I have to admit I don't know how to calculate total plastic deformation for a case like this, and am hesitant to let an FEA model do it for me. To me, this means that comparing calculated stress to yield strength is not applicable in this case, but I would assume that if calculated stress exceeds UTS, then the structure will fail completely. Since UTS for most tubing is still less than 100ksi, I am still having to conclude that the use of 1.5x.125 wall or similar low alloy tubing probably does not meet these standards.

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post #24 of 41 (permalink) Old 02-13-2014, 05:56 PM
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Originally Posted by pwildfire View Post
Actually, I am an automotive engineer, although admittedly my expertise is in performance development and not structural design.
Cool
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Still, I think you will find that an engineering degree is not a magical free pass nor does it certify that everything one does is correct.
Agree (I have one) - which is why I won't give a calculated answer
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The reason for this project initially had nothing to do with strength of the bar, I am building my own because with my seating position I can use a bar that clears the speaker pods and requires minimal modification to the interior trim. And because I like to design and build my own parts.
All good - I understand those drivers.

The SSC bar does minimise modification to interior trim and leaves the speakers alone BTW.
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Where on SSC or any other supplier's advertising do you see anything that shows any official certification of conformance to government (or other documented) safety standards? All the SSC one states is that it deforms similarly to the OEM one. I don't think the OEM bar is DOT approved.

Once again I think the difference is likely that the dynamic loading that these are designed to involves energy absorption during deformation, which is not possible, or at least very hard, to calculate. What I am not understanding is what, if any, published standard they are evaluated to, and how that differs from the ones that I was able to find that seem to indicate static loading.

The cost of designing, for me, is zero. I am just not comfortable building it without knowing what the proper assumptions are for loading.
Can I suggest you give SSC a call and discuss it - ask to speak with Lee. They are the leading Lotus race workshop in Australia and they develop and test their own designs extensively and they support a number of racing teams (particularly in endurance events). They are easy to talk to and I suspect you'd get the definitive answer you need much faster than from this forum.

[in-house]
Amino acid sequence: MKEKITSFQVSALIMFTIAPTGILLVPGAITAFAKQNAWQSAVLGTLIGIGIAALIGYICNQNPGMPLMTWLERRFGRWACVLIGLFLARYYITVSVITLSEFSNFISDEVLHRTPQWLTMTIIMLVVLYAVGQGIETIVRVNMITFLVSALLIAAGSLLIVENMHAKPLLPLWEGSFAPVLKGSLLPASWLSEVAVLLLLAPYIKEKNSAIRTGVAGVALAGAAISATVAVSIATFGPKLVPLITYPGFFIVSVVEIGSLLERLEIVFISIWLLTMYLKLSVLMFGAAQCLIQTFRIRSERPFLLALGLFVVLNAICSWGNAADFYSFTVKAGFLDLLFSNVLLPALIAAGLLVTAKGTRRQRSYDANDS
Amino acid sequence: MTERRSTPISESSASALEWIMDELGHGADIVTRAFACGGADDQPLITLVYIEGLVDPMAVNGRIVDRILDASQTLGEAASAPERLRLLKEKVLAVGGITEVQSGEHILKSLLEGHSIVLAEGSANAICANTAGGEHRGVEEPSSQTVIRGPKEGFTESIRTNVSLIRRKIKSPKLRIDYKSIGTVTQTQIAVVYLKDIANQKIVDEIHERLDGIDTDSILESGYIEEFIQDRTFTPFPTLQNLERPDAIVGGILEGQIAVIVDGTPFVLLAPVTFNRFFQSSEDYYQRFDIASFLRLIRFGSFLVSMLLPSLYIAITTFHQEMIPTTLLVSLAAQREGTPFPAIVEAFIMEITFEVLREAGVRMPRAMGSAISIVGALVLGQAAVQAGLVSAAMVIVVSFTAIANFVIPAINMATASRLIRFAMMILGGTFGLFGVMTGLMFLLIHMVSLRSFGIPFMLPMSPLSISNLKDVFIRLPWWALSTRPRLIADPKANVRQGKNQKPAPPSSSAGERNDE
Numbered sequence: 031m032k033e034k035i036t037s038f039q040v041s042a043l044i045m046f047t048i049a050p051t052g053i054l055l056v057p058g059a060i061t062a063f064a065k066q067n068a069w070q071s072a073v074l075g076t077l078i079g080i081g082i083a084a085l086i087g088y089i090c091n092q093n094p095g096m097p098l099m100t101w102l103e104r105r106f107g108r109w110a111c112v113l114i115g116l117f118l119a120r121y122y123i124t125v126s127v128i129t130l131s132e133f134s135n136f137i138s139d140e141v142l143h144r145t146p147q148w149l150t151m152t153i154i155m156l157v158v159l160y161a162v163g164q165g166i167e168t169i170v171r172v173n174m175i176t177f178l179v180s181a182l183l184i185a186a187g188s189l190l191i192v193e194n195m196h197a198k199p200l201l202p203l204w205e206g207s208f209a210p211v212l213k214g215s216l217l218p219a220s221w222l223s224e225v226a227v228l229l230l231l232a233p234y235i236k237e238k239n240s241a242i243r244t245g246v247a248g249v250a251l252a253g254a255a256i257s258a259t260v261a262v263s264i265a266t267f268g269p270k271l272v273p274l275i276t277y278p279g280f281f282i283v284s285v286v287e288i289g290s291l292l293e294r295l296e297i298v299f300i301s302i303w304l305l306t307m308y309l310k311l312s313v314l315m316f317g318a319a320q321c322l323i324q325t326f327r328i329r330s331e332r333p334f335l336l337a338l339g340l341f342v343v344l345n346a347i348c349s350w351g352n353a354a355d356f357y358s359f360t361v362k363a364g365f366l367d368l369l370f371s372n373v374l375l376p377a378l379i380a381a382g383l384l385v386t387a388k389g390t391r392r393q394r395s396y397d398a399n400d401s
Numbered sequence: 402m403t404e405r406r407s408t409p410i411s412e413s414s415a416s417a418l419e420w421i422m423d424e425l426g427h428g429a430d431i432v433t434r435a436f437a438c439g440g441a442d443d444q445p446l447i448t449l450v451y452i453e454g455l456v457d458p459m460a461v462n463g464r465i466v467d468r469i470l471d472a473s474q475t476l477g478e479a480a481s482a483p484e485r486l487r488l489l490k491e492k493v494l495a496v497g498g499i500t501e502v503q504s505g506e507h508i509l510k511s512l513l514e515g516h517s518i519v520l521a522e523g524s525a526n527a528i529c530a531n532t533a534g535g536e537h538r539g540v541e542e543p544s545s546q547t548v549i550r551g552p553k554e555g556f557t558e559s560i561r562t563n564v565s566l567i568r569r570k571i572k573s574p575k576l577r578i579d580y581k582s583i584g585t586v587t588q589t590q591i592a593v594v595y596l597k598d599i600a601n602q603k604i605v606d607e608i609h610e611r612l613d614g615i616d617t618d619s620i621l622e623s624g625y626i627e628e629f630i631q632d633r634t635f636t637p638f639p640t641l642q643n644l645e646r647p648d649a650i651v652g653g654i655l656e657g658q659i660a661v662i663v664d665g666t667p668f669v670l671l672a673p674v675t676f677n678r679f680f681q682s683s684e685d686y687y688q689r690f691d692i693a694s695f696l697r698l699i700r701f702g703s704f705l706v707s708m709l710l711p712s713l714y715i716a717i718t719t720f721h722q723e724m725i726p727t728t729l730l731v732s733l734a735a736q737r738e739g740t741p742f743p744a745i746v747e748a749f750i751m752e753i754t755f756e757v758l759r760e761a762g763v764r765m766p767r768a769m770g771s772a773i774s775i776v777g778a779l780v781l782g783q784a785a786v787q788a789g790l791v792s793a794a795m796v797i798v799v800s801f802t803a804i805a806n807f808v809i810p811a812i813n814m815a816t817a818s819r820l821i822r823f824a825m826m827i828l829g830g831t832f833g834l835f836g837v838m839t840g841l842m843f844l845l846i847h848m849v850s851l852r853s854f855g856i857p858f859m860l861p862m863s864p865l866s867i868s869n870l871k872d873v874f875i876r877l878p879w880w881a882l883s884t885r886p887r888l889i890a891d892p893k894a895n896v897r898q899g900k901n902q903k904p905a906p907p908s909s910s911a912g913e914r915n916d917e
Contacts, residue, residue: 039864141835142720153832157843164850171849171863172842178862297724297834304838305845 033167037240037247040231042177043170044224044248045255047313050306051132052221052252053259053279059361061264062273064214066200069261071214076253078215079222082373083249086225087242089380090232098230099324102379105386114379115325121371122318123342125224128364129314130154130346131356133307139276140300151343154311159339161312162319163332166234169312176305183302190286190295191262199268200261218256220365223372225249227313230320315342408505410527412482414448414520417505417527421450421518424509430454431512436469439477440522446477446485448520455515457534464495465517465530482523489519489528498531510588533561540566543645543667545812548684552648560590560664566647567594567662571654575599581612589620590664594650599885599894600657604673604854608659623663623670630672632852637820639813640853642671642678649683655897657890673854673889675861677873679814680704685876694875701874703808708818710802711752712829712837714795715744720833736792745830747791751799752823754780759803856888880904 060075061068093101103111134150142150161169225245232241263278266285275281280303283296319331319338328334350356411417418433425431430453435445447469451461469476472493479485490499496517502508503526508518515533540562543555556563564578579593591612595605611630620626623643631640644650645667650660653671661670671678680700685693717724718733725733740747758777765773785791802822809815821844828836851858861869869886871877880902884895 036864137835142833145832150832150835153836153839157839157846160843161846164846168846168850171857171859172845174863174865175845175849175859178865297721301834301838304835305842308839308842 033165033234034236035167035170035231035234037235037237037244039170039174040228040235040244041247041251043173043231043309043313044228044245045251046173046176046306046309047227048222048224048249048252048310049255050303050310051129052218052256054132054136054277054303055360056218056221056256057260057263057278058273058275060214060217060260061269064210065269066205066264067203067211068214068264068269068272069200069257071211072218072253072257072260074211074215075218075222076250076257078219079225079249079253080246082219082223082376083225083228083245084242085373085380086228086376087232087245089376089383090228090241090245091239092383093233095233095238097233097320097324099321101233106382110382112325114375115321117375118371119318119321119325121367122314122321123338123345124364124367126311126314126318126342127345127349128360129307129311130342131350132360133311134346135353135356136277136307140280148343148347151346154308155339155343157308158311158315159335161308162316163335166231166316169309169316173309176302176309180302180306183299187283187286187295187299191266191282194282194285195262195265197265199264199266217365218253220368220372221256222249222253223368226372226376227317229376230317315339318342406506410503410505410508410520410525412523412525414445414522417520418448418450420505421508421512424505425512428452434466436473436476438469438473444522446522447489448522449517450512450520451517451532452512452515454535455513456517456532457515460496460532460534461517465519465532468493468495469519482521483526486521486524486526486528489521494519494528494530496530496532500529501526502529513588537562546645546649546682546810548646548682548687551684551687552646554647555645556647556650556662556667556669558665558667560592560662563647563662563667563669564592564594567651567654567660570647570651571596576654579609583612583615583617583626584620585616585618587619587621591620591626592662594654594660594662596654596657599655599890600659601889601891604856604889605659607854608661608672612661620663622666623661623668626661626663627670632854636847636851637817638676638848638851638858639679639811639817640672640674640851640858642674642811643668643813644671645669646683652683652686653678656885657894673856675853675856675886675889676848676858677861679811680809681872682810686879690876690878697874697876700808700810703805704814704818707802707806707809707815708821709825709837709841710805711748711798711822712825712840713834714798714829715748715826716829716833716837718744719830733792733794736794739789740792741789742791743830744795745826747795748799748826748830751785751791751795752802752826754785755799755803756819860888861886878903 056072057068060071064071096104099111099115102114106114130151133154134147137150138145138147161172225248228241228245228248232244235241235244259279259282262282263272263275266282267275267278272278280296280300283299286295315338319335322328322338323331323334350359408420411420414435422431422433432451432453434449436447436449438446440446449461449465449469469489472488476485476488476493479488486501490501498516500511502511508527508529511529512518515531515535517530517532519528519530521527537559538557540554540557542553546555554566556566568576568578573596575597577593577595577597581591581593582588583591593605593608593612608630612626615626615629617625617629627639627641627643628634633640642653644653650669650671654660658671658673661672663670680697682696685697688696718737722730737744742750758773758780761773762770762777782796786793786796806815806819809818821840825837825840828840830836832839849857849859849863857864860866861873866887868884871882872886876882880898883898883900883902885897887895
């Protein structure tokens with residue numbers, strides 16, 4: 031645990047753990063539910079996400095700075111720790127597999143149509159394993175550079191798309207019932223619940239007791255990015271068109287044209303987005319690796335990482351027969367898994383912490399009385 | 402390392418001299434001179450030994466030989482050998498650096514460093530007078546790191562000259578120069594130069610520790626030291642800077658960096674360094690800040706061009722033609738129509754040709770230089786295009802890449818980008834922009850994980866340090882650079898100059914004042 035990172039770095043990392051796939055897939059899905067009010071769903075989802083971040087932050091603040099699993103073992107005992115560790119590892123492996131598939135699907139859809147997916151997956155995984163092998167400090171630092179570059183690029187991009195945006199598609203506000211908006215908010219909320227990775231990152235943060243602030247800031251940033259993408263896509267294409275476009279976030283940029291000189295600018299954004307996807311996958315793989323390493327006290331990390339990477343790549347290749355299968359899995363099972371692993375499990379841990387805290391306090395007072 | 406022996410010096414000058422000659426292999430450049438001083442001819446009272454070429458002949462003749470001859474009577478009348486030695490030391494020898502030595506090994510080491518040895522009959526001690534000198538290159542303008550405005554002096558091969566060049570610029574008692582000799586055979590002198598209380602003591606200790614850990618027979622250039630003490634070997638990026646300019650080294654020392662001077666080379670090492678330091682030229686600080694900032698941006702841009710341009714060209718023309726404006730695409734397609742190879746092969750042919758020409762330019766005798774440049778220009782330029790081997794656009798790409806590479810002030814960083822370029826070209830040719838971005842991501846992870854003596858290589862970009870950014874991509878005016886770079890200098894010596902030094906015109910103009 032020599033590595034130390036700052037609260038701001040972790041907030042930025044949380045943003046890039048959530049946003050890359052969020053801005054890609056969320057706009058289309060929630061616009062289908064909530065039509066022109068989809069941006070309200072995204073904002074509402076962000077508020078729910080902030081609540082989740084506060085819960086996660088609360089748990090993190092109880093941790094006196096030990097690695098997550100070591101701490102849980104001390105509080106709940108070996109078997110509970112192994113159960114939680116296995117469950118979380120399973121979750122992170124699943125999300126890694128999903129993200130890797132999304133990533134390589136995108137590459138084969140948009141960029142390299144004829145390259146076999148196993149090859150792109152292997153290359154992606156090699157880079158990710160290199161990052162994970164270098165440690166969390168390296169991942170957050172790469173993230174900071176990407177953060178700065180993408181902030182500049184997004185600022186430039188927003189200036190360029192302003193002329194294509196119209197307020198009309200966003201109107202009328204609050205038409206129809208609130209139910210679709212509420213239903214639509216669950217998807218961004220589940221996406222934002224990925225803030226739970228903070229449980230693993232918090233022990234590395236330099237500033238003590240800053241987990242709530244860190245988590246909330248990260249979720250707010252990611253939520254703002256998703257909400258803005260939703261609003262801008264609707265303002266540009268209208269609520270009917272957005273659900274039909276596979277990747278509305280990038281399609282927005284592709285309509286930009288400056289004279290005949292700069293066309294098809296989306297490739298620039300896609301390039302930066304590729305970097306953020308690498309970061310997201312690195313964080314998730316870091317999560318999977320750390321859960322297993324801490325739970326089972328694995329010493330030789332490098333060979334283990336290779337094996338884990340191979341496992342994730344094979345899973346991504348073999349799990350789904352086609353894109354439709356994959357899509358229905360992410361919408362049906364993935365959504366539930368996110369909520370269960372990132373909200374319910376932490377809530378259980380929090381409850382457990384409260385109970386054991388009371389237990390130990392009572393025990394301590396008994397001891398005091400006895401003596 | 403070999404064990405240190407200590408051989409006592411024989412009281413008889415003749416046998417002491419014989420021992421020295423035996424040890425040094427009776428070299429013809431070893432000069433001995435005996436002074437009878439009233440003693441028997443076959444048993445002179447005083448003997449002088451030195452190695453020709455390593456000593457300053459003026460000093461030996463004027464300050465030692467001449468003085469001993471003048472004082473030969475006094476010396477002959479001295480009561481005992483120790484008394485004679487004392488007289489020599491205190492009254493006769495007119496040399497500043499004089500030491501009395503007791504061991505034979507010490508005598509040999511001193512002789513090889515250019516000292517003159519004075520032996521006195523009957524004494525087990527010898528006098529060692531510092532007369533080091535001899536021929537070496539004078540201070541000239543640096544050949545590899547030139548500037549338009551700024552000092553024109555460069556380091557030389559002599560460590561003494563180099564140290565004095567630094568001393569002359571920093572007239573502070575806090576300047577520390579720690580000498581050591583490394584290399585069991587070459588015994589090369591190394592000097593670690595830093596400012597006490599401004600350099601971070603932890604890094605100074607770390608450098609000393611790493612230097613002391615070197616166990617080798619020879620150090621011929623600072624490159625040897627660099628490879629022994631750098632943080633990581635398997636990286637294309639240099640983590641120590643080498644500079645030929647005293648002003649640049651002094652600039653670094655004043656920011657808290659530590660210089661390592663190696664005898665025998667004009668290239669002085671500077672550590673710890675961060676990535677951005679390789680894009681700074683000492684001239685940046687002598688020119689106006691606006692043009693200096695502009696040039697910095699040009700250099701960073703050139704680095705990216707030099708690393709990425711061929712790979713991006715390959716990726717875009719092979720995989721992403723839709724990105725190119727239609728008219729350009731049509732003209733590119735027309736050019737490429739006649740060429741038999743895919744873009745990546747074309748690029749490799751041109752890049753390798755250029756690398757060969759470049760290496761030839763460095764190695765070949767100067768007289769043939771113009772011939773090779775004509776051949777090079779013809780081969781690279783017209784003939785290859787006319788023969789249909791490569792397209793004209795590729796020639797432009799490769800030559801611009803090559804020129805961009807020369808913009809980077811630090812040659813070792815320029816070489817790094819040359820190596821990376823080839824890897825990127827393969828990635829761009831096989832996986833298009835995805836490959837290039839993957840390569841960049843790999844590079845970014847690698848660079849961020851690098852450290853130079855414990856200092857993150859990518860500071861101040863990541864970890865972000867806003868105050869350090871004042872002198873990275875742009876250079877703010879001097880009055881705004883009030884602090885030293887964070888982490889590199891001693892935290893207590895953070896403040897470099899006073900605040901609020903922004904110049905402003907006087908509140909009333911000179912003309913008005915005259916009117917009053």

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post #25 of 41 (permalink) Old 02-16-2014, 06:48 AM
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I suggest racing motorcycles. They are cheaper, faster, and do not need harness bar calculations.
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post #26 of 41 (permalink) Old 03-11-2014, 12:35 PM Thread Starter
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Finally got some time to work on this...

Design is done, materials will be here today or tomorrow, harnesses will be here in a couple days. Should have it all built and installed in a week or so if I get some time in the garage.

I wasn't able to make it super strong without making it too bulky, but as drawn it meets the 3000LB load requirement and according to CAD it will weigh about 10lbs. I will be making it in 4130 which I had wanted to avoid, but mild steel would have been another couple pounds and I decided it was not worth the weight to save $25 and some time pre- and post- heating the welds.

Didn't quite meet my goals on lack of trimming, but it will clear the speaker pods.
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post #27 of 41 (permalink) Old 03-25-2014, 09:26 AM
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3000 lbs for 10 seconds

Using half the weight of the 200 lbs driver at 30g's deceleration as the 3000 lb example; the vehicle would need a starting velocity of 6,600 mph to achieve a constant 30 g deceleration over 10 seconds. So unless this Lotus is being shot into space and subsequently crashing at 660 mph/s, it will never see 3000 lbs over 10 seconds.

100 mph into a tire wall with a 1/4 second deceleration to zero is 18 g's.